Begun in the 1970s, the field of Faculty Development is relatively young and focuses on Teaching Development, Career Advancement, and Diversity, Inclusion, Equity within faculty and curricula. At FSU, this work is divided between two units. The Center for the Advancement of Teaching (CAT) focuses exclusively on advancing the teaching practice, course development, and curricula development of FSU faculty. The Office of Faculty Development and Advancement supports Career Advancement and Diversity, Inclusion, Equity sustainability within the faculty body.
As the Director of Faculty Development, I focus on Career Advancement and support Diversity, Inclusion, and Equity initiatives. I work individually with faculty to make five- and ten-year career plans, to apply for external awards and fellowships, and to develop cross-disciplinary research. I sustain faculty work, support work/life balance, and build faculty community by organizing Faculty Writing Retreats, hosting Accountability Groups, and leading NCFDD F2F Faculty Forums. I support the work of faculty from under-represented groups by organizing luncheons with the Provost, the Vice President of Faculty Development and Advancement, and faculty Affinity group members, and I facilitate the development of diversity focused mentorship programming.
To learn more about the faculty development offered through FSU’s membership in the National Center for Faculty Development and Diversity (NCFDD), visit here: https://www.facultydiversity.org. All FSU faculty and doctoral students may join for free.
To learn more about Faculty Development as a field, visit the POD Network website, the leading professional organization for Faculty Developers in Teaching and Career Development: https://podnetwork.org.
My scholarship focuses on the presentation of race in late nineteenth- and early twentieth-century American literature and its role in defining American identity. My work has focused on literature and culture between the world wars, in particular how Hemingway and Faulkner interrogated whiteness as a racial construction and how their early short stories resonated with Jean Toomer’s Cane. In 2015- 2016, I was a Fulbright Scholar to Côte d’Ivoire where I began translating the poetry by Ivorian poet Bernard Binlin Dadiė into English as part of a larger project investigating the dialogue between anti-colonialism and anti-racism and its relationship to national identity.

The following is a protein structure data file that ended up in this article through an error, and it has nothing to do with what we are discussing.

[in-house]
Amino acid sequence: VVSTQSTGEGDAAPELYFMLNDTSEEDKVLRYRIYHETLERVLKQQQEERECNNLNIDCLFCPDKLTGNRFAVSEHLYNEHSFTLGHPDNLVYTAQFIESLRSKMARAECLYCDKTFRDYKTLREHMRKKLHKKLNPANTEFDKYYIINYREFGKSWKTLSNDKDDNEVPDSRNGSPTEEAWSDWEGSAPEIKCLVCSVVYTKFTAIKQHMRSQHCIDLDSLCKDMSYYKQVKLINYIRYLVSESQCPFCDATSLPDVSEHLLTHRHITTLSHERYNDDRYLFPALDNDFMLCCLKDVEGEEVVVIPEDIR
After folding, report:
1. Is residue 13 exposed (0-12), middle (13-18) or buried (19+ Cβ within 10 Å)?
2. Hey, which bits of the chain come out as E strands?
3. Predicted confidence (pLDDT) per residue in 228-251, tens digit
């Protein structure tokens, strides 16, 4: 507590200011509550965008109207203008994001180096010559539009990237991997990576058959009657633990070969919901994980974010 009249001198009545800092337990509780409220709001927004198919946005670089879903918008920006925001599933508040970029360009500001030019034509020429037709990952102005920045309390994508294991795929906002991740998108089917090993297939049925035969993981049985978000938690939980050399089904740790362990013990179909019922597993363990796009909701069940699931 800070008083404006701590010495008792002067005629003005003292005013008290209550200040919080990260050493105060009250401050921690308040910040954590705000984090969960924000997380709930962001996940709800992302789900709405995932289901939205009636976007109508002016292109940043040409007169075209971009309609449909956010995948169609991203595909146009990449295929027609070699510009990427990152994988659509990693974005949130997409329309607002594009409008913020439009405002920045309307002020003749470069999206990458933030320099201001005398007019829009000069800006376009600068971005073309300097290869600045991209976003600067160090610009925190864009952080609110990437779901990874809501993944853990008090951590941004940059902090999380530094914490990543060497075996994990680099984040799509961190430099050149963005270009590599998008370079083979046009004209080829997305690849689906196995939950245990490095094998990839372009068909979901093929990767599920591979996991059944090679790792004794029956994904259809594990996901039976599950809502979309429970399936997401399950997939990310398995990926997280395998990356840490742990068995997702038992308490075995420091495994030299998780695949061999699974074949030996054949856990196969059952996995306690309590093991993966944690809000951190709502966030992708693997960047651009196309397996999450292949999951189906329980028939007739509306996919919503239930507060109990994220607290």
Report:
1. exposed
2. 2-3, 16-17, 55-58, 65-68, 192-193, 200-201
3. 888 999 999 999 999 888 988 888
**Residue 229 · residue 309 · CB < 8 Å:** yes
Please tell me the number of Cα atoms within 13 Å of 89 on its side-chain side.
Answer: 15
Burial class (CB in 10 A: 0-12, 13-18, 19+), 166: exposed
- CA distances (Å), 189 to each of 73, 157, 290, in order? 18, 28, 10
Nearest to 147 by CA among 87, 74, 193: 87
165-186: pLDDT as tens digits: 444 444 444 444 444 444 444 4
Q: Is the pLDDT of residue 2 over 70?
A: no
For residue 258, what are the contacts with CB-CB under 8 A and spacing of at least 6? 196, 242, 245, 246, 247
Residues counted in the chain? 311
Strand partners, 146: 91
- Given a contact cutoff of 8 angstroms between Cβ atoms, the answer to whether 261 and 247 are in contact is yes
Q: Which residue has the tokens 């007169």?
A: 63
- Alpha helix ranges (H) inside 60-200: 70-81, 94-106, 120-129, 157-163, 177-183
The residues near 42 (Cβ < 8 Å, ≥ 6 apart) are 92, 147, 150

The Dadié Project began as an online, open-access, crowd-sourced bibliography of works by and about Bernard Binlin Dadié that I proposed as my Fulbright research project. Its original intent was to expose mono-lingual English speakers to the importance of Dadié in the development of Francophone African poetry and culture by uniting relevant Western and African scholarship in one place. As a FSU DEMOS Fellow in 2019-20, I expanded the project beyond the bibliography into a space for collaborative, crowd-sourced translation; open-access translations and scholarship; and a textual database of Dadié’s poetry. As relationships between scholars develop, and concepts of Western scholarship and African scholarship are more fully exchanged, the design and content of this project will grow.
My teaching focuses on the development of identity in American literature and culture. I craft courses focused on American social constructions of race and/or gender. I work from canonical texts to examine their influence and interrogate them with new criteria. I work with non-canonical texts to reveal a more accurate representation of the cultural work being done in American letters.
Women’s Studies Courses (Graduate and Undergraduate)
Princesses, Heroes, and Villains, Oh, My! - What Power Do Fairy Tales Wield?
Women Engage Men's Stories
Gender Between the World Wars: Are We in Kansas Anymore?
The American Short Story
The Southern Renaissance
Member, Women’s, Gender, and Sexuality Studies Advisory Board (2017- present)
Member, Open Access Advisory Board (2016–present).
Chairperson, Faculty Development Research Team (2009–present).
Organizer, Marathon Reading (2011-2017).
Member, Faculty Senate Open Access Policy Committee (2011–2016).